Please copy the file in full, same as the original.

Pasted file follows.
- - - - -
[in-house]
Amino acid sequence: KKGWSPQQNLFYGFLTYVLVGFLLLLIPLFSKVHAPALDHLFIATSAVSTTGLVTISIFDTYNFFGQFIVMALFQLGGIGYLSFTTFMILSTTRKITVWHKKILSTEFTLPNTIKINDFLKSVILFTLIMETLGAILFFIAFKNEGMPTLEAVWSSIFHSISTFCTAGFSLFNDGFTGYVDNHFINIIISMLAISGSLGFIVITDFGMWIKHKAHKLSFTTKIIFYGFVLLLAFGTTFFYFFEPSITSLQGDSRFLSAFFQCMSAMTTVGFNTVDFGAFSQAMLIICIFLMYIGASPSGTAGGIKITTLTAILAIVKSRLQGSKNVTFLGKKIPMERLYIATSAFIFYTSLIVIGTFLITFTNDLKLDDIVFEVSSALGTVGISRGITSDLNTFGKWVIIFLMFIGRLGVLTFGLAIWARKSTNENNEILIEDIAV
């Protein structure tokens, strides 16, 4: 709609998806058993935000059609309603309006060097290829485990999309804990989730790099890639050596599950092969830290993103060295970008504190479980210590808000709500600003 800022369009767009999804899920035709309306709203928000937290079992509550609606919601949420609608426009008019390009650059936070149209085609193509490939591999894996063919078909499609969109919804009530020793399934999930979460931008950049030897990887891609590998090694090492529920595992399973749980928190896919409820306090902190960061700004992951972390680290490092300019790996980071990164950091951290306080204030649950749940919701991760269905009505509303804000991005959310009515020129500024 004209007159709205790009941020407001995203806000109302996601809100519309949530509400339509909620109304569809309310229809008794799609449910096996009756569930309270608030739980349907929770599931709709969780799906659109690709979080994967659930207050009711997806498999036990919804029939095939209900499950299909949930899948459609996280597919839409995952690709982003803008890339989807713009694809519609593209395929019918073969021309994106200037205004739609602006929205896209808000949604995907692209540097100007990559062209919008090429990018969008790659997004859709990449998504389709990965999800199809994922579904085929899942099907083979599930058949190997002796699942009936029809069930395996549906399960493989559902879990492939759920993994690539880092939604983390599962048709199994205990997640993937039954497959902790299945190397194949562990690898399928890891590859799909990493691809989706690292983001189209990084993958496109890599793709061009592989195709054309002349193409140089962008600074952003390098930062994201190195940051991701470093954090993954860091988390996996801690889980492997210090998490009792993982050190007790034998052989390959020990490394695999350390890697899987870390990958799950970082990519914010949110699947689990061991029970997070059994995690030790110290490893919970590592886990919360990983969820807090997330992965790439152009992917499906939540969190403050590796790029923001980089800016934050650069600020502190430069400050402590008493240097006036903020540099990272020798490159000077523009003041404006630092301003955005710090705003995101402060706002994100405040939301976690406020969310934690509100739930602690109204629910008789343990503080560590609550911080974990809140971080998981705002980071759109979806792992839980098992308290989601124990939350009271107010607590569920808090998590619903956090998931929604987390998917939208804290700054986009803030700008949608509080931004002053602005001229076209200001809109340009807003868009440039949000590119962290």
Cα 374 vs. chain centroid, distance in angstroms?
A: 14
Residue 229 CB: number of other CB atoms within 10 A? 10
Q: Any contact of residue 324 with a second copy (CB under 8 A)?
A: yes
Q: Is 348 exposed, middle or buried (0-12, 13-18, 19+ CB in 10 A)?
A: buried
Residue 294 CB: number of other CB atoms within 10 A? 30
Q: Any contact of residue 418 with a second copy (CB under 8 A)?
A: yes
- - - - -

[in-house]
Amino acid sequence: KKGWSPQQNLFYGFLTYVLVGFLLLLIPLFSKVHAPALDHLFIATSAVSTTGLVTISIFDTYNFFGQFIVMALFQLGGIGYLSFTTFMILSTTRKITVWHKKILSTEFTLPNTIKINDFLKSVILFTLIMETLGAILFFIAFKNEGMPTLEAVWSSIFHSISTFCTAGFSLFNDGFTGYVDNHFINIIISMLAISGSLGFIVITDFGMWIKHKAHKLSFTTKIIFYGFVLLLAFGTTFFYFFEPSITSLQGDSRFLSAFFQCMSAMTTVGFNTVDFGAFSQAMLIICIFLMYIGASPSGTAGGIKITTLTAILAIVKSRLQGSKNVTFLGKKIPMERLYIATSAFIFYTSLIVIGTFLITFTNDLKLDDIVFEVSSALGTVGISRGITSDLNTFGKWVIIFLMFIGRLGVLTFGLAIWARKSTNENNEILIEDIAV
């Protein structure tokens, strides 16, 4: 709609998806058993935000059609309603309006060097290829485990999309804990989730790099890639050596599950092969830290993103060295970008504190479980210590808000709500600003 800022369009767009999804899920035709309306709203928000937290079992509550609606919601949420609608426009008019390009650059936070149209085609193509490939591999894996063919078909499609969109919804009530020793399934999930979460931008950049030897990887891609590998090694090492529920595992399973749980928190896919409820306090902190960061700004992951972390680290490092300019790996980071990164950091951290306080204030649950749940919701991760269905009505509303804000991005959310009515020129500024 004209007159709205790009941020407001995203806000109302996601809100519309949530509400339509909620109304569809309310229809008794799609449910096996009756569930309270608030739980349907929770599931709709969780799906659109690709979080994967659930207050009711997806498999036990919804029939095939209900499950299909949930899948459609996280597919839409995952690709982003803008890339989807713009694809519609593209395929019918073969021309994106200037205004739609602006929205896209808000949604995907692209540097100007990559062209919008090429990018969008790659997004859709990449998504389709990965999800199809994922579904085929899942099907083979599930058949190997002796699942009936029809069930395996549906399960493989559902879990492939759920993994690539880092939604983390599962048709199994205990997640993937039954497959902790299945190397194949562990690898399928890891590859799909990493691809989706690292983001189209990084993958496109890599793709061009592989195709054309002349193409140089962008600074952003390098930062994201190195940051991701470093954090993954860091988390996996801690889980492997210090998490009792993982050190007790034998052989390959020990490394695999350390890697899987870390990958799950970082990519914010949110699947689990061991029970997070059994995690030790110290490893919970590592886990919360990983969820807090997330992965790439152009992917499906939540969190403050590796790029923001980089800016934050650069600020502190430069400050402590008493240097006036903020540099990272020798490159000077523009003041404006630092301003955005710090705003995101402060706002994100405040939301976690406020969310934690509100739930602690109204629910008789343990503080560590609550911080974990809140971080998981705002980071759109979806792992839980098992308290989601124990939350009271107010607590569920808090998590619903956090998931929604987390998917939208804290700054986009803030700008949608509080931004002053602005001229076209200001809109340009807003868009440039949000590119962290």
Cα 374 vs. chain centroid, distance in angstroms?
A: 14
Residue 229 CB: number of other CB atoms within 10 A? 10
Q: Any contact of residue 324 with a second copy (CB under 8 A)?
A: yes
Q: Is 348 exposed, middle or buried (0-12, 13-18, 19+ CB in 10 A)?
A: buried
Residue 294 CB: number of other CB atoms within 10 A? 30
Q: Any contact of residue 418 with a second copy (CB under 8 A)?
A: yes